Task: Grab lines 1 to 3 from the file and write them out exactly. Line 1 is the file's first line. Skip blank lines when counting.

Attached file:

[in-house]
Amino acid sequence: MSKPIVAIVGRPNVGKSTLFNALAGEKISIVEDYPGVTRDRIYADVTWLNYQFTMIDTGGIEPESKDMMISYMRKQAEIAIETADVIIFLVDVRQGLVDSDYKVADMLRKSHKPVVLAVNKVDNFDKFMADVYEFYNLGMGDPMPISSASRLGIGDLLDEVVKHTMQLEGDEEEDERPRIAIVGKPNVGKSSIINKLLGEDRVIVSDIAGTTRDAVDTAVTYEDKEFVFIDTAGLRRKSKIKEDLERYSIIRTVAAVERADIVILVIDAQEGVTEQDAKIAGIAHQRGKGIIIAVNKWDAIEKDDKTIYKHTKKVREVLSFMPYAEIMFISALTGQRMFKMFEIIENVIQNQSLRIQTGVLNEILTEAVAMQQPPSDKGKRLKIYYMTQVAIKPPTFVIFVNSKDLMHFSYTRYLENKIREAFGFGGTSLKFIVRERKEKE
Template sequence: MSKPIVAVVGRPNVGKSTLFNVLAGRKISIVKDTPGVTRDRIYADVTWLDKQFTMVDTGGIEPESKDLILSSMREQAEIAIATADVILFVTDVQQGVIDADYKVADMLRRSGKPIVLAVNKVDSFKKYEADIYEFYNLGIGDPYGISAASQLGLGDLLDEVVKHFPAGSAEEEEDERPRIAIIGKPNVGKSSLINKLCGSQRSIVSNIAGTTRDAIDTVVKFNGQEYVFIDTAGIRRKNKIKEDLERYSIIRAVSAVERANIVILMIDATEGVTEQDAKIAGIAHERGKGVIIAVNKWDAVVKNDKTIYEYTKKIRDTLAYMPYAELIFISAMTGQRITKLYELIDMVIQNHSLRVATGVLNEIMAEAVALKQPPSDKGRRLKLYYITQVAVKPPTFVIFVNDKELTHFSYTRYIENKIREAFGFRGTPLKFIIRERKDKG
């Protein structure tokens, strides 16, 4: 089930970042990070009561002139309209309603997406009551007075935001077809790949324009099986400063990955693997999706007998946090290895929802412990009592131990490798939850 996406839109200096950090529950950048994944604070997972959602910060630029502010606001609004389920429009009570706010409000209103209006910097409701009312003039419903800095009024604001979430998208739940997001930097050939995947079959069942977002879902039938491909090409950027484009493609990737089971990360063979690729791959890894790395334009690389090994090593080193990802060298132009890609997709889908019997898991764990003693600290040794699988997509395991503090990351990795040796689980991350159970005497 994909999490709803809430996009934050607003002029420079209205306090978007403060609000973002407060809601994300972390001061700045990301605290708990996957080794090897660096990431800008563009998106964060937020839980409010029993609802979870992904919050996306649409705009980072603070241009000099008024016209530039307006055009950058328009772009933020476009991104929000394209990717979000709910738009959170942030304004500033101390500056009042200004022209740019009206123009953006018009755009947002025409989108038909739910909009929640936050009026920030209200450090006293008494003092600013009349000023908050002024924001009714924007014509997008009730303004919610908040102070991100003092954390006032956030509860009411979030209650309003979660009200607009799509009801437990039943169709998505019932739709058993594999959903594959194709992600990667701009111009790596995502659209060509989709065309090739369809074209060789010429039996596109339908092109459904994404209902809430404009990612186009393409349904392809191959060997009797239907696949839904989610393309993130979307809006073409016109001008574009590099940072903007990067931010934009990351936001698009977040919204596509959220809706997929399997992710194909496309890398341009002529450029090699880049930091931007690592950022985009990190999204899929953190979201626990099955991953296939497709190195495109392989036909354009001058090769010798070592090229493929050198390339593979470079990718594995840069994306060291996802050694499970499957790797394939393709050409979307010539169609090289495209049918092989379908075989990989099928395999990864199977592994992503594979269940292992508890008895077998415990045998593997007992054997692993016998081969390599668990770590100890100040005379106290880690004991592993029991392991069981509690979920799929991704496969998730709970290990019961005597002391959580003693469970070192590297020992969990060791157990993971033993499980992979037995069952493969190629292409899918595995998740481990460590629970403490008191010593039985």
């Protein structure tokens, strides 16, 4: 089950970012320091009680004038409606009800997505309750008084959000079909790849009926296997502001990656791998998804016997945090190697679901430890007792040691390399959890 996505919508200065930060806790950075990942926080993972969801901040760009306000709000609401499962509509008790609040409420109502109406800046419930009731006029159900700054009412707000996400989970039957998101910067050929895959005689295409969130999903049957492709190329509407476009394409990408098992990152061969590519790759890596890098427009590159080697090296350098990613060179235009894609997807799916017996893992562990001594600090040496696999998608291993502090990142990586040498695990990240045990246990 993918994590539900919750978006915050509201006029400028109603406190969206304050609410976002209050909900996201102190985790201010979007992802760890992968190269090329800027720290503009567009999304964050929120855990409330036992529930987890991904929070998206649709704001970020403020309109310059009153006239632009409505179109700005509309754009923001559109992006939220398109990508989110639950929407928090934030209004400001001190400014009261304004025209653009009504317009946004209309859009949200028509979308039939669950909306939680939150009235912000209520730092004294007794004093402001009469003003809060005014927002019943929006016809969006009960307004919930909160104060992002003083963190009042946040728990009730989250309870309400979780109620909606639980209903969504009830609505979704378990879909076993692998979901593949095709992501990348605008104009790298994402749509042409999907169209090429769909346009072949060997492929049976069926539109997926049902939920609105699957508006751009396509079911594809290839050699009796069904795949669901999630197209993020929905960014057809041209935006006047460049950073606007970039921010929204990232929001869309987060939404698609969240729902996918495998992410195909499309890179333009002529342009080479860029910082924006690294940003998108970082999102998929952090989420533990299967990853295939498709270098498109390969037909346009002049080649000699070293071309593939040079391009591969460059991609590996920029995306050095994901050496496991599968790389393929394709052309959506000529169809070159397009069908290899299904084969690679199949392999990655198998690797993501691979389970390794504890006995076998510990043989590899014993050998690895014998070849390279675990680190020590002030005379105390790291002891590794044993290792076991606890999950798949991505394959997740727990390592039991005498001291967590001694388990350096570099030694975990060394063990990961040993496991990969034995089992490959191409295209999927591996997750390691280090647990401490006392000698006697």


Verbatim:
[in-house]
Amino acid sequence: MSKPIVAIVGRPNVGKSTLFNALAGEKISIVEDYPGVTRDRIYADVTWLNYQFTMIDTGGIEPESKDMMISYMRKQAEIAIETADVIIFLVDVRQGLVDSDYKVADMLRKSHKPVVLAVNKVDNFDKFMADVYEFYNLGMGDPMPISSASRLGIGDLLDEVVKHTMQLEGDEEEDERPRIAIVGKPNVGKSSIINKLLGEDRVIVSDIAGTTRDAVDTAVTYEDKEFVFIDTAGLRRKSKIKEDLERYSIIRTVAAVERADIVILVIDAQEGVTEQDAKIAGIAHQRGKGIIIAVNKWDAIEKDDKTIYKHTKKVREVLSFMPYAEIMFISALTGQRMFKMFEIIENVIQNQSLRIQTGVLNEILTEAVAMQQPPSDKGKRLKIYYMTQVAIKPPTFVIFVNSKDLMHFSYTRYLENKIREAFGFGGTSLKFIVRERKEKE
Template sequence: MSKPIVAVVGRPNVGKSTLFNVLAGRKISIVKDTPGVTRDRIYADVTWLDKQFTMVDTGGIEPESKDLILSSMREQAEIAIATADVILFVTDVQQGVIDADYKVADMLRRSGKPIVLAVNKVDSFKKYEADIYEFYNLGIGDPYGISAASQLGLGDLLDEVVKHFPAGSAEEEEDERPRIAIIGKPNVGKSSLINKLCGSQRSIVSNIAGTTRDAIDTVVKFNGQEYVFIDTAGIRRKNKIKEDLERYSIIRAVSAVERANIVILMIDATEGVTEQDAKIAGIAHERGKGVIIAVNKWDAVVKNDKTIYEYTKKIRDTLAYMPYAELIFISAMTGQRITKLYELIDMVIQNHSLRVATGVLNEIMAEAVALKQPPSDKGRRLKLYYITQVAVKPPTFVIFVNDKELTHFSYTRYIENKIREAFGFRGTPLKFIIRERKDKG